When it comes to gay issues, I don’t always agree with my friend David Benkof.W hile sometimes I think his ideas are off-the-wall, more often than not, even when I disagree with him, I think he raises an important point which, all too frequently, others have ignored. In his latest Op-ed, he puts forward some sensible ideas for ensuring that more states protect same-sex relationships:
A strong case can be made that more same-sex couples would be protected if the gay and lesbian community . . . would jettison the whole marriage campaign and focus on a new, national strategy of “mutual commitments” to protect same-sex couples not only in states like New Jersey and Massachusetts, but also in places less welcoming to gays such as Georgia, Nebraska and Texas.
The 30 constitutional amendments banning gay marriage, including Proposition 8 in California, are a direct result of the lawsuits-for-marriage strategy practiced by gays and lesbians since the mid-Nineties, including successful suits in Massachusetts, California and Connecticut. So achieving marriage in three gay-friendly states (two now that Proposition 8 has passed in California) came at the expense of barring marriage in 10 times as many states, many much less hospitable to same-sex couples.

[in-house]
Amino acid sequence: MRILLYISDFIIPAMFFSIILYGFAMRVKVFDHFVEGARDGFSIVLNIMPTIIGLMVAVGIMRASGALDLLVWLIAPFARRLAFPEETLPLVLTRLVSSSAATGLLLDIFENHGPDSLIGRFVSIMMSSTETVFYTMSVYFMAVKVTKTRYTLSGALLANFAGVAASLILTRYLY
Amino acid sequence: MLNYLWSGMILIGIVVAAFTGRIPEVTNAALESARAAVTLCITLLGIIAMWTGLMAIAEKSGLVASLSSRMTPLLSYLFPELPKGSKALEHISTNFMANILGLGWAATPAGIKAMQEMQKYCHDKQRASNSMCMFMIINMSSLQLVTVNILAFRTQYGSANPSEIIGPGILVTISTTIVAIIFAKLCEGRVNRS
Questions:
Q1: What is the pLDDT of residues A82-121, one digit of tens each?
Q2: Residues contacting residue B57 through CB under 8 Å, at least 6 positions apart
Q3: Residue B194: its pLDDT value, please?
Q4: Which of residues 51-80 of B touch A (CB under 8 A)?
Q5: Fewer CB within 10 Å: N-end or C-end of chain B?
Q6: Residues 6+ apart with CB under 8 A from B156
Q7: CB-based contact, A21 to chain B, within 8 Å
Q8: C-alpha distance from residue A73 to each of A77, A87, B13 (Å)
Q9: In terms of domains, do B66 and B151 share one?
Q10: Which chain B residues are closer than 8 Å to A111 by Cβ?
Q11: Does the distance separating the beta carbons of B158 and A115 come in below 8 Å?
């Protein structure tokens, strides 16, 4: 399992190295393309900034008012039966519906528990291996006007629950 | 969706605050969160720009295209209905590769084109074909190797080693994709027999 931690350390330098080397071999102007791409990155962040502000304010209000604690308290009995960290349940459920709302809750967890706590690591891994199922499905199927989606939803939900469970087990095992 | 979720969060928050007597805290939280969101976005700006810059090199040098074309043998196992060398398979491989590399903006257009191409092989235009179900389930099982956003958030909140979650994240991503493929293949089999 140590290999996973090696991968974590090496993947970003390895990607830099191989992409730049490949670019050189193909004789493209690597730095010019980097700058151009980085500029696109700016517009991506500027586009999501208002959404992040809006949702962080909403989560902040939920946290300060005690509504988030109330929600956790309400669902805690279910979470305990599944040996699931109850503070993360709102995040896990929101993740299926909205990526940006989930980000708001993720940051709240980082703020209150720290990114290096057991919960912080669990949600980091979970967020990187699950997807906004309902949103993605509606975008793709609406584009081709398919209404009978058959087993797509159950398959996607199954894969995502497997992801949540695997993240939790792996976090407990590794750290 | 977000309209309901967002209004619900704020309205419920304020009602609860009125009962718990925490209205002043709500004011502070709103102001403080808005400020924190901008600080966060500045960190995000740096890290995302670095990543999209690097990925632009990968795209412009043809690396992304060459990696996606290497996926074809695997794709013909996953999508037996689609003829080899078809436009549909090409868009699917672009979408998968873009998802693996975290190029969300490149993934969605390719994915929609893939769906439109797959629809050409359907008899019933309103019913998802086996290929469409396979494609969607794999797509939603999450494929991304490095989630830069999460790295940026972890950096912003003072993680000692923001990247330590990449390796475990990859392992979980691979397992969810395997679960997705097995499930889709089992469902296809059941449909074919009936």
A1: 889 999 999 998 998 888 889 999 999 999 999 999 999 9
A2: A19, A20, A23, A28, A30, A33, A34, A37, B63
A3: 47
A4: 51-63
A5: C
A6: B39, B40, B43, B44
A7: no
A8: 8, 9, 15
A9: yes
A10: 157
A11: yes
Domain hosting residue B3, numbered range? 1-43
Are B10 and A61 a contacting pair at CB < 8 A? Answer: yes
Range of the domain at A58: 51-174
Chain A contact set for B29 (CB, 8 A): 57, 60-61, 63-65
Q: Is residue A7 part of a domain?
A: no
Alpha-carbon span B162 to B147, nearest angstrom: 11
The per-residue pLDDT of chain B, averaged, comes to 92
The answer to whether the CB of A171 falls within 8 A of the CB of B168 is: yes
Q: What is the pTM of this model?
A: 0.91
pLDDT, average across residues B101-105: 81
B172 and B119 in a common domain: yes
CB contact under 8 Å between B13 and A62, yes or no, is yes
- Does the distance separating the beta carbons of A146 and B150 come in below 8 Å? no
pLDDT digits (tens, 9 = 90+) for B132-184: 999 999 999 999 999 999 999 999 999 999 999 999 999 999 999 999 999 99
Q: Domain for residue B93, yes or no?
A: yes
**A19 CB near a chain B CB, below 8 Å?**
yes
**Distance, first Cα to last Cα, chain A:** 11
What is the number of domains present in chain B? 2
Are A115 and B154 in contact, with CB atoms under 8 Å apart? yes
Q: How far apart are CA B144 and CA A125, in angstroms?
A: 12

In short, he believes, that if gay activists weren’t so hung up on the word, “marriage,” and focused instead on promoting state-recognition of same-sex unions, they might have great success in finding voters — and state legislators — more response to their pleas. This may not be ideal, particularly for those obsessed with “achieving full equality” (whatever that means), but it will improve upon the current situation.
I agree with David that litigation to force gay marriage through the courts has led to a backlash at the ballot box. And I’m not the the only one. Even Jonathan Rauch, the most thoughtful and articulate defender of same-sex marriage, has observed that gay marriage has lost in each of the thirty states where it has been on the ballot.
With social attitudes towards gays changing, we should focus on something that wasn’t achievable as recently as ten years ago, promoting civil unions, what David calls “mutual commitments,” through state legislatures.
You may not agree with David on this point, but at least he has put forward a different strategy than the failed policy of the gay organizations.Â So, just read the whole thing!